For many years, one of my major "running" dreams have been to run the New York Marathon - the bridges, the people and the grand background. But I recently found out that the "qualifying time standards" for the run has been changed, so there are really no chance for me going there...

The question is then, which Marathons I should aim at if not New York? What are the great Marathons out there that one must do if possible? Like the almost impossible ones such as Marathon des Sables or the Antarctic Ice Marathon? Or the big city venues in London, Chicago, Berlin, or whereever? Or the beautiful ones like Jungfrau and The Great Wall?

I'm looking for recommendations for Marathons from people that have first hand experience with these.

I'm looking for scenery and routes that doesn't include too many hills (Being from Denmark - flat, flat, flat - I'm just very bad with hills :-)). I prefer the venues to be well-organized with a stable history... And nothing that requires qualifying times less than 3:30...

Until now I have just run many local runs - mainly half-Marathons - and there are many as this list shows - but now I would like to "try" something else.

I can find many lists with Marathons on the web... Too many really... It makes it so very difficult to choose.

  • 1
    Running the New York marathon is possible even if you can't meet the qualifying times--those are only for guaranteed entry. Registrants who don't meet the qualifying times are put into a lottery where a certain number are drawn until the cap is met. There are also some charities you can hook up with that will give you a guaranteed entry in exchange for fundraising a certain amount for them.
    – Andrew
    Feb 16, 2012 at 22:27
  • @Andrew The thing is that the rules are a little different for those coming from abroad - in my case Denmark... I'll have to check the lottery though. Thanks. Feb 16, 2012 at 22:30
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    Just a note, the Marathon des Sables is most definitely NOT a marathon in the traditional sense of the term (26.2 miles). It's a largely self supported, 6 day, 151 mile running race across the Moroccan desert. Feb 17, 2012 at 4:17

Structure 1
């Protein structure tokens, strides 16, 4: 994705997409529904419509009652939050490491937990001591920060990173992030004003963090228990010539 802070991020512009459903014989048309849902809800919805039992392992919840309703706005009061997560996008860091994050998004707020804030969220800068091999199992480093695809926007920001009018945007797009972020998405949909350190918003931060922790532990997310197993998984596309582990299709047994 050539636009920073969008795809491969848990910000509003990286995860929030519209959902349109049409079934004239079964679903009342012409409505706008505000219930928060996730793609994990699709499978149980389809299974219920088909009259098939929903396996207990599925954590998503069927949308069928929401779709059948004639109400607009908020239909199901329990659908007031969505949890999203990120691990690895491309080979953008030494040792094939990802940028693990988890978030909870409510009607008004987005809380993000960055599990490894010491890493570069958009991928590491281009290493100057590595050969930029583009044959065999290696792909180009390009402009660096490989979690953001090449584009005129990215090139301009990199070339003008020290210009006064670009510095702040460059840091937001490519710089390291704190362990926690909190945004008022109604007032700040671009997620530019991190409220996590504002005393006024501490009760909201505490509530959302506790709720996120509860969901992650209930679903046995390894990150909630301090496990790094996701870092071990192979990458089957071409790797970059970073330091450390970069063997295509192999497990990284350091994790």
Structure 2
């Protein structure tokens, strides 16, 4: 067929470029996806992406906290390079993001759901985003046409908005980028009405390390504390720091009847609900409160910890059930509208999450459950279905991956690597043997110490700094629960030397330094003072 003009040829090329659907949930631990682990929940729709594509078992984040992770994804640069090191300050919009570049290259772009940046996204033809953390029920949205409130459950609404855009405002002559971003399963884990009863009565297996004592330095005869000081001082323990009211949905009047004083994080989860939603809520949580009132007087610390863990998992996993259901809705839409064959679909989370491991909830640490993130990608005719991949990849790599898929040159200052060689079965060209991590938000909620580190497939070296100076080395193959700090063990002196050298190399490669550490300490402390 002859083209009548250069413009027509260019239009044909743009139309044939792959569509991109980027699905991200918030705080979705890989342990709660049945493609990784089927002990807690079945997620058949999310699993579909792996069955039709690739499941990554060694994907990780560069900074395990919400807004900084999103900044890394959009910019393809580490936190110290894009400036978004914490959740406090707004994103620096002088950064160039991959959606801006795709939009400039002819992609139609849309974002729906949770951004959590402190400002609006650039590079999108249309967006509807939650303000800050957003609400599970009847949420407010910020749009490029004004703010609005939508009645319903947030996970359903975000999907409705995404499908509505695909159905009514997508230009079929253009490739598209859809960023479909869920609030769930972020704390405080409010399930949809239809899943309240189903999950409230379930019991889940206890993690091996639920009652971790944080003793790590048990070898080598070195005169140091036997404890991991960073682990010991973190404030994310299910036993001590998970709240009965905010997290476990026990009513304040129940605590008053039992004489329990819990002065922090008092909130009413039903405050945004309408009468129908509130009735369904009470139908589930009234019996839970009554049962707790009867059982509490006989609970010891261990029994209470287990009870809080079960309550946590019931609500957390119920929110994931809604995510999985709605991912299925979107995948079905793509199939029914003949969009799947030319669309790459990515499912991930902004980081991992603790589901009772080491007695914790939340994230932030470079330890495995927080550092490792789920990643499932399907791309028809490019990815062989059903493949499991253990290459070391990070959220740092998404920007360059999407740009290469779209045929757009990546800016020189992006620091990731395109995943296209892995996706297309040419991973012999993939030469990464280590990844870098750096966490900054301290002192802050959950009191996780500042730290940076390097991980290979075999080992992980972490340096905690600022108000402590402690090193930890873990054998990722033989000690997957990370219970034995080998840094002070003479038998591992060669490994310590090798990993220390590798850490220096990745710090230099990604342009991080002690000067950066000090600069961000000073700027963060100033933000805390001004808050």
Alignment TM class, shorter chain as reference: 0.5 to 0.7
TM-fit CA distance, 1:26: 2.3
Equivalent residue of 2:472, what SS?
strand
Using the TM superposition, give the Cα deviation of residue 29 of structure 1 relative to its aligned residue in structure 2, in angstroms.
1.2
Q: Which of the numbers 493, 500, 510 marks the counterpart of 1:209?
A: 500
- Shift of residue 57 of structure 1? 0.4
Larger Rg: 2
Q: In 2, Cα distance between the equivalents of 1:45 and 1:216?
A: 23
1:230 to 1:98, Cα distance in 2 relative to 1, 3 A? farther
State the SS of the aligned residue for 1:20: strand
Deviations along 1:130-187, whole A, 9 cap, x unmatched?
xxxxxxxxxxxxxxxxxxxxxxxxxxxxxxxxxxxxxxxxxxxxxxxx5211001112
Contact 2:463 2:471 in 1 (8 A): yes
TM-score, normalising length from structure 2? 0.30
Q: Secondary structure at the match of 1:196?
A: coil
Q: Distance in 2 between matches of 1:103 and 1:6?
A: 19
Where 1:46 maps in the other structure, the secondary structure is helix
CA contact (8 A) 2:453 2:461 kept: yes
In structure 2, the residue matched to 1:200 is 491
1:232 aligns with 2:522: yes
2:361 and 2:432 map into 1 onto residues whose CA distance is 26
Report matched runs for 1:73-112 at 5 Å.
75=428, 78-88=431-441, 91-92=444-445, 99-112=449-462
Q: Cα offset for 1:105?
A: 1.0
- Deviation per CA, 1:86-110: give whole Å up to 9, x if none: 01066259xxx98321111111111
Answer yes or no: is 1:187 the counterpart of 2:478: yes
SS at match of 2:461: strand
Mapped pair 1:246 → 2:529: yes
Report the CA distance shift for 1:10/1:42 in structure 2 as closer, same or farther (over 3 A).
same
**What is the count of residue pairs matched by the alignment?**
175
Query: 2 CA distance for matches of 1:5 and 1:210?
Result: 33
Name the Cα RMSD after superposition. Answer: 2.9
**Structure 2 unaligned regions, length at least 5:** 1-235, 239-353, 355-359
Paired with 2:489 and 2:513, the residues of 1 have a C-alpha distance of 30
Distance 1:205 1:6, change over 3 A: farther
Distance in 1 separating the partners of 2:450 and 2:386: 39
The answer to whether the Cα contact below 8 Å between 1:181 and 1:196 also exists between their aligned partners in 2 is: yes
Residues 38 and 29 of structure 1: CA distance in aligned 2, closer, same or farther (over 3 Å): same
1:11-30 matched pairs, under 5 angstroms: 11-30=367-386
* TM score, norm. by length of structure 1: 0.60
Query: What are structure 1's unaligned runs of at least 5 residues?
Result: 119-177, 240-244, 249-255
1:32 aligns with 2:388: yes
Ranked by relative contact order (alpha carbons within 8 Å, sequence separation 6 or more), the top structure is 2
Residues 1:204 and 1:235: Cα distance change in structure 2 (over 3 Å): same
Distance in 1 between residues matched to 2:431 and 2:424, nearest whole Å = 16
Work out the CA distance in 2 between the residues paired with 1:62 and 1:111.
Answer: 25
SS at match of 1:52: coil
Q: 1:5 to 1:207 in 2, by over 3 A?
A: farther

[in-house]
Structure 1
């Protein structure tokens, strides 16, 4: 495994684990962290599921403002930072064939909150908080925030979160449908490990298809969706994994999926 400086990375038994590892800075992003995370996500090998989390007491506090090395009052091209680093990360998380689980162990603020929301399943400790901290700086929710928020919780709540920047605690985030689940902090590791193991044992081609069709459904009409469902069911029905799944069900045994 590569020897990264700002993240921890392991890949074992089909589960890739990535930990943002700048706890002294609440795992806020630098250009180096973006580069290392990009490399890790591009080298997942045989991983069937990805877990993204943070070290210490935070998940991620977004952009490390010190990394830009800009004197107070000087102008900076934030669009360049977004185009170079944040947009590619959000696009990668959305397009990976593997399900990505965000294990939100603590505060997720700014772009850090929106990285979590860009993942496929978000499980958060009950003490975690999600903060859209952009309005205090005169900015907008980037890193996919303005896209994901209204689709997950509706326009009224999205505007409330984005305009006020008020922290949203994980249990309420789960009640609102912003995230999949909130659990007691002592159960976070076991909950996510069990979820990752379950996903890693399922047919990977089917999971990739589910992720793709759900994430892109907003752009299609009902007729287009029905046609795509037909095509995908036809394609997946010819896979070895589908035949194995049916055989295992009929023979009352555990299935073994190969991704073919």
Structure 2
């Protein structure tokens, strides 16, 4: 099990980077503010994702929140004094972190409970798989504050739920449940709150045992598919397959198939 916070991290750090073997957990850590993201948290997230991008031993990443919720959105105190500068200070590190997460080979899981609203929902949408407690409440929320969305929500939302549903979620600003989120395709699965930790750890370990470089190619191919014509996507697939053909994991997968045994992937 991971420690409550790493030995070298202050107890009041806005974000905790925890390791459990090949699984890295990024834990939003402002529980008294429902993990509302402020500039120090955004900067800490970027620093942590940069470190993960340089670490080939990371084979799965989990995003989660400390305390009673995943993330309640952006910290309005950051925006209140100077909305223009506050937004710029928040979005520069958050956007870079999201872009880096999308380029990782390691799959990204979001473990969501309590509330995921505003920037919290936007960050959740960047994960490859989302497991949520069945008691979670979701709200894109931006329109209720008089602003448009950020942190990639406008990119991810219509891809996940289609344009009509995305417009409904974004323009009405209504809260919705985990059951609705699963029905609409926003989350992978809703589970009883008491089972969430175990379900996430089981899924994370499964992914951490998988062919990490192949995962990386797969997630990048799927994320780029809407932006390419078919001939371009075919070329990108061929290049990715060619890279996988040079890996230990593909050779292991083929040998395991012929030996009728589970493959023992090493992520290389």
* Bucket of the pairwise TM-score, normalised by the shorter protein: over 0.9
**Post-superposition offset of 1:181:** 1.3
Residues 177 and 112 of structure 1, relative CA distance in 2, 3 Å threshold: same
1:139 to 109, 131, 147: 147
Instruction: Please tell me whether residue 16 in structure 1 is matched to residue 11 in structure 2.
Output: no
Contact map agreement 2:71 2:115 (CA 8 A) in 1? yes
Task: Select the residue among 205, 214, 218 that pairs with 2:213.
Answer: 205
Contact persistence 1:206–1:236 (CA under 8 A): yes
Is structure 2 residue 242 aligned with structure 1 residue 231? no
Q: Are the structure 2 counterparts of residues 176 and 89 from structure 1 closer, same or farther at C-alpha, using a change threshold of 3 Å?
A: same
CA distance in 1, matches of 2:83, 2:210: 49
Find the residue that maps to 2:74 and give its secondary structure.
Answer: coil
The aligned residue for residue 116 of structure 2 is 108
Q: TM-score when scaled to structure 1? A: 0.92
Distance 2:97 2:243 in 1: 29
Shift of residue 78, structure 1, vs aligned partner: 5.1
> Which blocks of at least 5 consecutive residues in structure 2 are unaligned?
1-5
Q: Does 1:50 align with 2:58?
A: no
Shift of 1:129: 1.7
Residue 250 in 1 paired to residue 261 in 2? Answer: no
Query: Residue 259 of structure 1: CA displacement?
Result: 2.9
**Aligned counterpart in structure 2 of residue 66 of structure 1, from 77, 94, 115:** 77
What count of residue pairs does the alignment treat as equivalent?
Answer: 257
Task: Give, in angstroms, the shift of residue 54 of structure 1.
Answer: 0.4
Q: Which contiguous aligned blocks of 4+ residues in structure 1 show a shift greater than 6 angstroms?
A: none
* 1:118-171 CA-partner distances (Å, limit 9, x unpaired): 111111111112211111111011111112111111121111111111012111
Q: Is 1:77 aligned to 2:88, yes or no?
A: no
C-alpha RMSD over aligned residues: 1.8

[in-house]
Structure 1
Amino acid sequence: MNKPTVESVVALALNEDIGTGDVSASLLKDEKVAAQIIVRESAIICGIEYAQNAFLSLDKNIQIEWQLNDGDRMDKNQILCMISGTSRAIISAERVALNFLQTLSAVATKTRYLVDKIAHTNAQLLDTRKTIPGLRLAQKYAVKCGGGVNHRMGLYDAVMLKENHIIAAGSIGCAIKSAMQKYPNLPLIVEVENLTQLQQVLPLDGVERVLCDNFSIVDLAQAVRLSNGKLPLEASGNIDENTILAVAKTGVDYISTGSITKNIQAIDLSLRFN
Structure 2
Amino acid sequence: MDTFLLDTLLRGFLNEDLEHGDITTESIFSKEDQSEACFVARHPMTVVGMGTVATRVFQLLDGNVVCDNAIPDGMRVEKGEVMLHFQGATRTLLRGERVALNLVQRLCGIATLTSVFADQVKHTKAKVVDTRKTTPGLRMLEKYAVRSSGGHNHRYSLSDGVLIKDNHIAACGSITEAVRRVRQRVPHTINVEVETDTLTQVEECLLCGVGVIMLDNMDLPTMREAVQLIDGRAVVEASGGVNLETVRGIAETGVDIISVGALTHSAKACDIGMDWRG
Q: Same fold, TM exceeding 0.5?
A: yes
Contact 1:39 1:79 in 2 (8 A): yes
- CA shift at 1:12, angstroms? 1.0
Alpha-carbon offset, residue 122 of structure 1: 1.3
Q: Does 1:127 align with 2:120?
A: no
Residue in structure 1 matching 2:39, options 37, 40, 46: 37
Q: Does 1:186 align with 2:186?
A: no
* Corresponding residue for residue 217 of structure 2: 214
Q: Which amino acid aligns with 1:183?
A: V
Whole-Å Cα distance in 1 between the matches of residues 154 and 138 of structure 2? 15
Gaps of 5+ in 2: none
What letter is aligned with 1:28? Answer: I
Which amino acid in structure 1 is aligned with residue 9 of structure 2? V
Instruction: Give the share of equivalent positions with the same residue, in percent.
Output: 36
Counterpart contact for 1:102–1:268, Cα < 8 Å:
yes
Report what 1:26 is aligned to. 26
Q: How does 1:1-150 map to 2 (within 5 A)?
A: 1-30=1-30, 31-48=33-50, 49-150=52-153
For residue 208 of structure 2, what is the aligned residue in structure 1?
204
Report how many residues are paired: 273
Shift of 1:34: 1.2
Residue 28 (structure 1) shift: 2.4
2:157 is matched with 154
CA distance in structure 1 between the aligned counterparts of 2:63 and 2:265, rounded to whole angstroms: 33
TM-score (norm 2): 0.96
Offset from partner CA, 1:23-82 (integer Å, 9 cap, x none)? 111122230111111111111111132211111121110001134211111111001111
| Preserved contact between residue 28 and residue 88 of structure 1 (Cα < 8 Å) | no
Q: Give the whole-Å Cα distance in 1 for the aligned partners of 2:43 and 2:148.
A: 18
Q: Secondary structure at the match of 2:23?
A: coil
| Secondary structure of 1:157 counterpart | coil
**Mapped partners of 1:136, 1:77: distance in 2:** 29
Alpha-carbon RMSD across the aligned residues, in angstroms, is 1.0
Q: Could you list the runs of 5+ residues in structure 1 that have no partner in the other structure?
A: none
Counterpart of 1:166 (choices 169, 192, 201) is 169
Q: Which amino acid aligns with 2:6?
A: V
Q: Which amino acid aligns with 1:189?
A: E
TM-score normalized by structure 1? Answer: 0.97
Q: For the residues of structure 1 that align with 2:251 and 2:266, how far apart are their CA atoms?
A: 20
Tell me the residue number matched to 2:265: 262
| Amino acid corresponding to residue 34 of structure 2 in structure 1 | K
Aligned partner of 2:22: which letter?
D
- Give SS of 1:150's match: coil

• @MikeHedman I know. But that would be the ultimate challenge... Feb 17, 2012 at 6:17
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    @Shog9 Not sure I like your re-title... I really want to get alternative suggestions for alternative races. Knowing how to get into the major marathons - possibly without qualifying - that could be another interesting question. Feb 25, 2012 at 13:55

7 Answers 7


Having done 37 marathons I can say some are definitely nicer than others. Rating them is an impossible task. I do recommend NYC at least once. I have guided disabled athletes 4 times now at NYC (run it 5 times myself) and doing it as a guide is a very different perspective and an amazing experience. (Thus I can say I have run across the Verezanno Narrows bridge with 40,000 other people, and as a group of 50 people on the early start for disabled athletes. Both ways are awesome!)

For example Salt Lake City is in July, starts on a mountain top at 5:30AM (start was 55F, finish was 110F) and has tons of downhill, however most of it is outside the city in the mountains and was beautiful.

Chicago is still easy to get into, and is a great big city marathon. There is something unique about 40,000 people starting with you. (I have done NYC 9 times, and Chicago once).

Cincinnati is a smaller race, but has great crowd support and a very bizarre pig theme that is probably taken a smidgen too far.

Often the race directors try to get the course through interesting areas. In St Louis they run through the Budweiser factory which is sort of clever.